Noe Valley Voice April 2006

Putting Jesse Back on His Bench

By Lorraine Sanders

Remember the slight man with a huge presence who once sat smiling from his habitual perch between Le Zinc and the small public parking lot on 24th Street? Since his death last fall, Noe Valleyans have missed the beret-capped man who inspired people with his kindness and strength of spirit. One local artist has a plan to bring him back.

When Jesse Zele died from complications of lung cancer at St. Luke's Hospital on Sept. 7, 2005, friends and neighborhood residents showered the 24th Street bench he'd occupied nearly every day for two decades with cards, flowers, and remembrances. Carole Warner, 68, a local artist living in Glen Park, saw the memorial soon after Zele's death and was immediately inspired.

"When I read all the things that everybody left at the memorial, it was such a widespread loss, and it was so sincere. It was not like he was a publicly recognized figure. He was just an individual who affected people on a very basic level," Warner says.

Zele, who was born in Los Angeles in 1946, was perhaps best known around the neighborhood for his remarkable ability to remain positive and his unflagging interest in others' well-being, despite the trials and hardships life dealt him. Zele began life with a curvature of the spine that grew worse over the course of his life. His mobility was further hampered by a motorcycle-accident foot injury. He was known to occupy free rooms offered up by friends and acquaintances. He is also said to have resided under the Cesar Chavez Street bridge on occasion. At the time of his death, he was living on Worth Street in Eureka Valley.

"He had tremendous hardships, and you'd never know it," Warner muses.

This bronze version of artist Carole Warner's Jesse statue is 12 inches tall.

Warner, a retired legal secretary who creates everything from ceramics to carvings in her home studio, decided a bronze statue of Zele, permanently installed on the 24th Street bench where once he sat, would be the ideal way to commemorate his life and presence in Noe Valley. She floated the idea at a memorial service held for Zele at the Noe Valley Ministry and soon began working on the project.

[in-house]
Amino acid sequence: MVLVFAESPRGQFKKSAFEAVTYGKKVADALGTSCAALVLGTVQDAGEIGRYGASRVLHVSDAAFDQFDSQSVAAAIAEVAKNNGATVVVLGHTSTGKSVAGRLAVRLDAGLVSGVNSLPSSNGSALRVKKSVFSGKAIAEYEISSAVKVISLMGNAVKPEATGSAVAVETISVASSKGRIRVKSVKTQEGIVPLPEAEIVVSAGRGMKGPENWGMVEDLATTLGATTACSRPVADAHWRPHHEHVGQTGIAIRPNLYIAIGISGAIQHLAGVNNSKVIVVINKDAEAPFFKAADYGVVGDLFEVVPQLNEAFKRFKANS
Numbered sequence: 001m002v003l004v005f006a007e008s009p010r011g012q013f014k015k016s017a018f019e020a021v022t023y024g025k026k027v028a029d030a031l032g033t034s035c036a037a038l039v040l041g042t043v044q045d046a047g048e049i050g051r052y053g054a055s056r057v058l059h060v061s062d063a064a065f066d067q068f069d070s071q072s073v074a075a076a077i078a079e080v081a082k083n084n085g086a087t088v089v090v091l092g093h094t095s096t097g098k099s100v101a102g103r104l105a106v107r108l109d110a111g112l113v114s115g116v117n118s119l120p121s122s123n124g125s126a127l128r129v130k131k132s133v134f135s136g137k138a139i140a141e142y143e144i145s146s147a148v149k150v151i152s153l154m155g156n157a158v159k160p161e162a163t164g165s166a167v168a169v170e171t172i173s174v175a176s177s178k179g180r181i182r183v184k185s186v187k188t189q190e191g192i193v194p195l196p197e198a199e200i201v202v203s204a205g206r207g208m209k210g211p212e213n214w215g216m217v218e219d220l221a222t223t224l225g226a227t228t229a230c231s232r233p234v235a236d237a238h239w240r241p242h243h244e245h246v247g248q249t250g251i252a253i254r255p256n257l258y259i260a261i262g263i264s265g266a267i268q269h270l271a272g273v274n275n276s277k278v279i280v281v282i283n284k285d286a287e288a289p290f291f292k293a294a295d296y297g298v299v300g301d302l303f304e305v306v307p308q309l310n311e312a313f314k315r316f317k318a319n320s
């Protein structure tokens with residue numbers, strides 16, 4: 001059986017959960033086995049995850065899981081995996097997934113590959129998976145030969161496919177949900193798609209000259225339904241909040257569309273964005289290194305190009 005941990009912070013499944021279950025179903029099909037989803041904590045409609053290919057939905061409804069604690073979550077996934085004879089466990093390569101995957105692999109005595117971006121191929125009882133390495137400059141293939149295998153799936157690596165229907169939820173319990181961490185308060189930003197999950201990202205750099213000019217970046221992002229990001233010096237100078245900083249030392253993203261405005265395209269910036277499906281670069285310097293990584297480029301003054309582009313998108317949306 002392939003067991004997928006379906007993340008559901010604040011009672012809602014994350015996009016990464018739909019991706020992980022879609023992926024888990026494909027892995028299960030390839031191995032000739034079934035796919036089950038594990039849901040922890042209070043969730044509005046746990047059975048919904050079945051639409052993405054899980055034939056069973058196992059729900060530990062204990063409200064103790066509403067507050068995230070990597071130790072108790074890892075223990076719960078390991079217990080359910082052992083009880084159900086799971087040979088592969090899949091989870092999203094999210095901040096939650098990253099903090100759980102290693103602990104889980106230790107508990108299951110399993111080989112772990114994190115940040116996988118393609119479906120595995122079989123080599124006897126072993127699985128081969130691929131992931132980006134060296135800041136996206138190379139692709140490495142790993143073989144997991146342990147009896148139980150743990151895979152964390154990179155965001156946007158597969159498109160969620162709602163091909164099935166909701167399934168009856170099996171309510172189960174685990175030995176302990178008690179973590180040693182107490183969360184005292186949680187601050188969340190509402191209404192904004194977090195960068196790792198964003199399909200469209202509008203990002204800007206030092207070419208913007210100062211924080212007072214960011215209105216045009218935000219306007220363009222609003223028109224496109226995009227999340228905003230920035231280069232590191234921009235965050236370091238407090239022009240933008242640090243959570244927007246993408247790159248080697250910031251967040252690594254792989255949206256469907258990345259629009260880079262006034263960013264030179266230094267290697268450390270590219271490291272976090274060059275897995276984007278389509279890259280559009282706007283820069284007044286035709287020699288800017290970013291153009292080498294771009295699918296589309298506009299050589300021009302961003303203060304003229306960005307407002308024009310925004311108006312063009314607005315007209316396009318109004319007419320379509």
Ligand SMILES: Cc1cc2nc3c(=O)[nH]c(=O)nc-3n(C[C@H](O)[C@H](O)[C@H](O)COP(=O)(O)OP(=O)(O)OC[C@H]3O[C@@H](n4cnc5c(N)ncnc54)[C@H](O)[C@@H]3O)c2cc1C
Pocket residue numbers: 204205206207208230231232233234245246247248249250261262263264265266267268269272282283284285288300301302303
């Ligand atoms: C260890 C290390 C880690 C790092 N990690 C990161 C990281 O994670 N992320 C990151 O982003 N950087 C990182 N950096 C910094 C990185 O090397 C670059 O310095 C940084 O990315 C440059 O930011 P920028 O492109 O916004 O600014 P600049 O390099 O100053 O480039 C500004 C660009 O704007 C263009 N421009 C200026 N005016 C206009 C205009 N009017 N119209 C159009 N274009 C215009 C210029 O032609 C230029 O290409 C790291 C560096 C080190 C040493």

Because a full-sized Jesse statue could cost tens of thousands of dollars to make and maintain on public property, Warner decided to begin with a scaled-down prototype to raise money for the project. Using photographs from friends and others she studied at the memorial, Warner created a 12-inch statue in clay that could later be used to render a version in bronze. During the process, Warner says she felt guided by Jesse's presence, almost as if he was sitting on her shoulder.

"It was some kind of supernatural connection," she says with a soft chuckle. "I almost couldn't make a mistake. It sounds a little woo-woo, and I'm not a woo-woo kind of person."

Later, when Warner sent a photo of the clay model to a cousin of Zele's who lives in North Carolina, the response was overwhelmingly positive. "She said, 'I didn't think it would be possible to catch the twinkle in his eye, but you've done it.'"

After finishing the clay statue, Warner hired a foundry to create a mold from which multiple bronze statues could be cast. She picked up the first Jesse statue on March 20, and plans to have nine more made. "If there's an interest out there, I would be glad to issue a limited edition," Warner says.

Meanwhile, another of Jesse Zele fans, Ann Farrell, has offered to lead the fundraising effort for a life-sized statue.

Warner says the San Francisco Arts Commission and the Department of Parking and Traffic, the entity responsible for the lot near the bench, have given their preliminary approval for the project as a temporary work of art, but a number of hurdles remain. Regulations require public art projects of this nature to have funds allotted for insurance, as well as maintenance and general upkeep. Further complicating matters, an individual benefactor or community group must officially adopt the piece and agree to supervise the de-installation and moving process, should another permanent location become preferable in the future.

Warner has communicated her ideas to the Noe Valley Merchants and Professionals Association and the residents group Friends of Noe Valley. Now, she says, the fate of the Jesse statue is in the hands of the people who live and work in Noe Valley.

"I did what I needed to do in memory of Jesse. I have already completed my promise to myself," she explains. "If the public support for it is not there, then that's okay with me, too."

For more information about the Jesse statue project, contact Carole Warner at 415-239-8706.